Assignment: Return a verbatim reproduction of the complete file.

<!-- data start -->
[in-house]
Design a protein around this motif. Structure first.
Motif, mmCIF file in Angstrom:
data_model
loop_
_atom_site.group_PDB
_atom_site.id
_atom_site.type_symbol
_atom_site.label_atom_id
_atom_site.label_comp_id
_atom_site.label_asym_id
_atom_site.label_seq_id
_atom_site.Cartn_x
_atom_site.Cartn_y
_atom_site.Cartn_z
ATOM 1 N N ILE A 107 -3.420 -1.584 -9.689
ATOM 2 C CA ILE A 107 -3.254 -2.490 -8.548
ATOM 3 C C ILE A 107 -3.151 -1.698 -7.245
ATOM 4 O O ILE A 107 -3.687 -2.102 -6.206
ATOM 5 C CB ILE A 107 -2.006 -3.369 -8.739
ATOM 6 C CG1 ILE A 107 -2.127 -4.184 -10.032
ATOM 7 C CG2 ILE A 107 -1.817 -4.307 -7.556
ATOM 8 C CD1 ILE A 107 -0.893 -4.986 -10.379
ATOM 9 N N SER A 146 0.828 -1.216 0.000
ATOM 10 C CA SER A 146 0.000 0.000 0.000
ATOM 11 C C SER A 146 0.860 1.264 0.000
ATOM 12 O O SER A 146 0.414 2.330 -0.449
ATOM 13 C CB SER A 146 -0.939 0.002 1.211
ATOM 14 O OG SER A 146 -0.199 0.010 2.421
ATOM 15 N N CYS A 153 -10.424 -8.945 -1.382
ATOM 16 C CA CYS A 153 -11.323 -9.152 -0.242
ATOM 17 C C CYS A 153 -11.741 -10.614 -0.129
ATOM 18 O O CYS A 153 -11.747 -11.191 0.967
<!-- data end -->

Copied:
[in-house]
Design a protein around this motif. Structure first.
Motif, mmCIF file in Angstrom:
data_model
loop_
_atom_site.group_PDB
_atom_site.id
_atom_site.type_symbol
_atom_site.label_atom_id
_atom_site.label_comp_id
_atom_site.label_asym_id
_atom_site.label_seq_id
_atom_site.Cartn_x
_atom_site.Cartn_y
_atom_site.Cartn_z
ATOM 1 N N ILE A 107 -3.420 -1.584 -9.689
ATOM 2 C CA ILE A 107 -3.254 -2.490 -8.548
ATOM 3 C C ILE A 107 -3.151 -1.698 -7.245
ATOM 4 O O ILE A 107 -3.687 -2.102 -6.206
ATOM 5 C CB ILE A 107 -2.006 -3.369 -8.739
ATOM 6 C CG1 ILE A 107 -2.127 -4.184 -10.032
ATOM 7 C CG2 ILE A 107 -1.817 -4.307 -7.556
ATOM 8 C CD1 ILE A 107 -0.893 -4.986 -10.379
ATOM 9 N N SER A 146 0.828 -1.216 0.000
ATOM 10 C CA SER A 146 0.000 0.000 0.000
ATOM 11 C C SER A 146 0.860 1.264 0.000
ATOM 12 O O SER A 146 0.414 2.330 -0.449
ATOM 13 C CB SER A 146 -0.939 0.002 1.211
ATOM 14 O OG SER A 146 -0.199 0.010 2.421
ATOM 15 N N CYS A 153 -10.424 -8.945 -1.382
ATOM 16 C CA CYS A 153 -11.323 -9.152 -0.242
ATOM 17 C C CYS A 153 -11.741 -10.614 -0.129
ATOM 18 O O CYS A 153 -11.747 -11.191 0.967